Eye catching, heart halting, jaw dropping: 10 real-life fairytale buildings straight from a Grimms’ tale
One of the best parts of travel is visiting a surreal place previously seen only in pictures. Whether it’s an unknown abode hidden in the hills of Portugal or an iconic structure plastered in the pages of National Geographic, these places are eye catching, heart halting, jaw dropping.
In short, they could be straight out of a storybook. Here are our favourite fairytale buildings from across the world.
1. Neuschwanstein Castle, Germany
Germany’s stoic image is so entwined with its past, it’s easy to forget the beauty so bountiful in its lands. Lush green woods and alpine hills give Bavaria a distinctly fairytale feel, perfectly epitomised by Neuschwanstein Castle near the village of Hohenschwangau.
The castle was commissioned by Ludwig II of Bavaria and was opened to the paying public after his death in 1886. Since then, more than 61 million people have visited the site.
2. Blumau Hotel, Austria
The Blumau Hotel, designed by Austrian artist and architect Friedensreich Hundertwasser, is built over a hot spring which reaches 110˚C at the surface. Designed to exist in harmony with nature, the hotel uses its spa water to heat the entire complex and to generate half its electricity.
3. Bagan, Burma
For years, Burma languished far off the beaten track. Tourism to the area was relatively non-existent mainly due to ethical entanglements over its human rights record.
However, when Aung San Suu Kyi officially dropped her opposition to tourism, the sector slowly began to blossom. The jewel in its crown is Bagan, an ancient city in the Mandalay region sure to become Burma’s version of Angkor Wat.
4. House of Stone, Portugal
A Casa do Penedo or ‘the House of Stone’ stands between four large boulders in the Fafe mountains of northern Portugal. When pictures of the house first emerged online, it was dismissed as a Photoshop hoax, but is in fact real.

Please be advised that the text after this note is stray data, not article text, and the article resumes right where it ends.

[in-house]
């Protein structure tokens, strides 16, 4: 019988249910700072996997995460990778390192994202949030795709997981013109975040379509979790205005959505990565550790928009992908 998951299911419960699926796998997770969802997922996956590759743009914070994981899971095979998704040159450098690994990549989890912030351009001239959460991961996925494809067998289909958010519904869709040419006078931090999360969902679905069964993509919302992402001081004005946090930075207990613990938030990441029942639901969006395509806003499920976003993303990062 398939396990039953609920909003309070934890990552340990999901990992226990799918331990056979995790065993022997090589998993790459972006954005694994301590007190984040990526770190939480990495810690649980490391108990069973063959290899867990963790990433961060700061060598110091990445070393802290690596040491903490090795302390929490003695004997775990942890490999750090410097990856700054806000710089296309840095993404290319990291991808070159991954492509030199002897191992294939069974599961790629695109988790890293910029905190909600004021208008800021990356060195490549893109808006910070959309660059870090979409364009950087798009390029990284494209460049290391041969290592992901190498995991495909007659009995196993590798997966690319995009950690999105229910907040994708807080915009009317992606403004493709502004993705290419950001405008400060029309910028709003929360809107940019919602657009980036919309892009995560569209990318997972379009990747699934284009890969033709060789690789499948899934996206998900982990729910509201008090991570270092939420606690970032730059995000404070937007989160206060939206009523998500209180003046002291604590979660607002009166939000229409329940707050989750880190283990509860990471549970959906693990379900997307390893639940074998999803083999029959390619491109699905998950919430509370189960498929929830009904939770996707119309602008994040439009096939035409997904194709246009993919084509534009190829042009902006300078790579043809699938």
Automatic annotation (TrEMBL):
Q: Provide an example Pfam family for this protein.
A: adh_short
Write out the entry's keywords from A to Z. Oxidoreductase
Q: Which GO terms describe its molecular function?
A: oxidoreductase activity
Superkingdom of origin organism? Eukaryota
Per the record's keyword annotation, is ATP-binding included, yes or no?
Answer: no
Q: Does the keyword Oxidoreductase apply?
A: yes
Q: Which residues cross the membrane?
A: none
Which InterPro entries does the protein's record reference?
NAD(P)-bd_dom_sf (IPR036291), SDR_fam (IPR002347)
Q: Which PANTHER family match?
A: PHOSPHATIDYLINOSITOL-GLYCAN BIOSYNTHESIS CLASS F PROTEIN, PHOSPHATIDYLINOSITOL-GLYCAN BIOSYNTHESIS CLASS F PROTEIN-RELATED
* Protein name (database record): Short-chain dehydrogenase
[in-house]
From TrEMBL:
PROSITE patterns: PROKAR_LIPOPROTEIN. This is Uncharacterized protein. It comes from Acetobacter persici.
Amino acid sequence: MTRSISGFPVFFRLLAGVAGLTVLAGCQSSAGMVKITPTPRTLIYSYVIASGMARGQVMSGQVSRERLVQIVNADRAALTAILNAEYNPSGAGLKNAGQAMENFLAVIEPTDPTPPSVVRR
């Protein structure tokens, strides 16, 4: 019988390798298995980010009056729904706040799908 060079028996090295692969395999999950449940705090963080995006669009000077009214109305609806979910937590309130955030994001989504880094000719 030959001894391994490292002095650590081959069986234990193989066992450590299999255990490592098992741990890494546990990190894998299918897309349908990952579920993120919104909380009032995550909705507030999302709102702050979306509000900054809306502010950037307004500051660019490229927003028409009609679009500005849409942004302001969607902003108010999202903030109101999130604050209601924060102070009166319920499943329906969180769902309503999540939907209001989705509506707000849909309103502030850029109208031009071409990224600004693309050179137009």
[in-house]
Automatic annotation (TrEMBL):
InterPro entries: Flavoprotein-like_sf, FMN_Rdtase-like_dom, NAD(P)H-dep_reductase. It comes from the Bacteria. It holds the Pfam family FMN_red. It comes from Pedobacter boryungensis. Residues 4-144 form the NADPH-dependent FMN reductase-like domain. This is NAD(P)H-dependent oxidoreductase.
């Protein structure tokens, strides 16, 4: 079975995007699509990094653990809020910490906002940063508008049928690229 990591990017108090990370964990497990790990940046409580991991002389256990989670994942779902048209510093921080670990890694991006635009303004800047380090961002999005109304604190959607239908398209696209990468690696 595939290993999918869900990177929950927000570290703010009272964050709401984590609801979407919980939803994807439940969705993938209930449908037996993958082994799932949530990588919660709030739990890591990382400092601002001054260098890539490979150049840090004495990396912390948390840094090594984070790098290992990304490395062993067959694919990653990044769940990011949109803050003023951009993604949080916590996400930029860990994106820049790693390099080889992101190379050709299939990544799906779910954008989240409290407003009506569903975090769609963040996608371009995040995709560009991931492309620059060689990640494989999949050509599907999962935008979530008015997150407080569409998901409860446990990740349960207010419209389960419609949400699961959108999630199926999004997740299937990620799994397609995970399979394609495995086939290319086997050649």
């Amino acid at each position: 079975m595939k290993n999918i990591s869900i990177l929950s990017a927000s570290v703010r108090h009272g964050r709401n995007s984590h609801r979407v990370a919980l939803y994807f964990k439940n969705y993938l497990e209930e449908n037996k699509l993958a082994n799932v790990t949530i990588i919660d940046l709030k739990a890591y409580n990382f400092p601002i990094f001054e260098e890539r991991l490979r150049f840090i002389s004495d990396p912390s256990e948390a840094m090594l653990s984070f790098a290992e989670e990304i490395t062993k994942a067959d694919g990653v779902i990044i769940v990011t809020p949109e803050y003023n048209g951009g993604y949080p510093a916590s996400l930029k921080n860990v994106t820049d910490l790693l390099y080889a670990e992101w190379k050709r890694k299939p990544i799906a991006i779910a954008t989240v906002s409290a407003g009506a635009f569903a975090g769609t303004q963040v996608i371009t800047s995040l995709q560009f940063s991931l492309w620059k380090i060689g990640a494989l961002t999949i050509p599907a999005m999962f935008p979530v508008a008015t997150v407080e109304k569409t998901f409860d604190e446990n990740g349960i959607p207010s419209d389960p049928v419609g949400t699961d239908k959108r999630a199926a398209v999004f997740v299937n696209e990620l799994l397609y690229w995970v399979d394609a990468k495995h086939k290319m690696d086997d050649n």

The rustic abode has no electricity, but it does boast a cozy fireplace, a swimming pool carved into stone and stairs made of logs.
5. Ta Prohm, Cambodia
Ta Prohm is one of several surreal Angkor sites in Cambodia. Founded by the Khmer King Jayavarman VII in the late 12th century, it was built as a Mahayana Buddhist monastery and university.
Today, it is one of the most visited temples of Angkor, made famous by the Angelina Jolie film Tomb Raider… not a fairytale as such but it will do.
6. Lichtenstein Castle, Germany
We didn’t want to put another German castle on the list but how could we resist*? With its stone architecture and imposing design, Lichtenstein Castle could have sprung straight from the pages of a fairytale. Nestled on a crag overlooking Echaz Valley, the castle belongs to the Dukes of Urach (a super rich family), but is open to the public.
* We did, however, resist the urge to include Eltz Castle in Germany, Mont Saint Michel in France, the Alcázar of Segovia in Spain and La Rocca in San Marino, so hopefully you’ll give us some bonus points for that.
7. Crooked Little House, Poland
Krzywy Domek, Polish for ‘crooked little house’, is a zany building located in Sopot, Poland. Built in 2004, it looks like it should house a mad hatter of some stature but is unfortunately part of the far more prosaic Rezydent shopping center. Capitalism sucks.
8. Turf Houses, Iceland
These may seem like the product of whimsy, dreamt up by Björk or someone equally as barmy. In actual fact, they were built from practical designs that offered superior insulation compared with buildings solely made of wood or stone.
Found across several locations in Iceland, turf houses have a large foundation made of flat stones upon which stands a wooden frame. The turf is then fitted around the frame in blocks often with a second layer for extra insulation.
9. St. Basil’s Cathedral, Russia
Our list wouldn’t be complete without this fantastical structure from Moscow’s Red Square. Built originally as a church, the building became a public museum in 1923. It is an enduring icon of Russia which is rather amusing given that it’s colourful, playful and whimsical… not quite the adjectives one would associate with Russians.
10. Casa Batlló, Spain
Designed by genius architect Antoni Gaudí, Casa Batlló is one of Barcelona’s most iconic buildings. With its irregular oval windows and flowing sculpted stone work, it wouldn’t be out of place in a Grimms’ fairytale.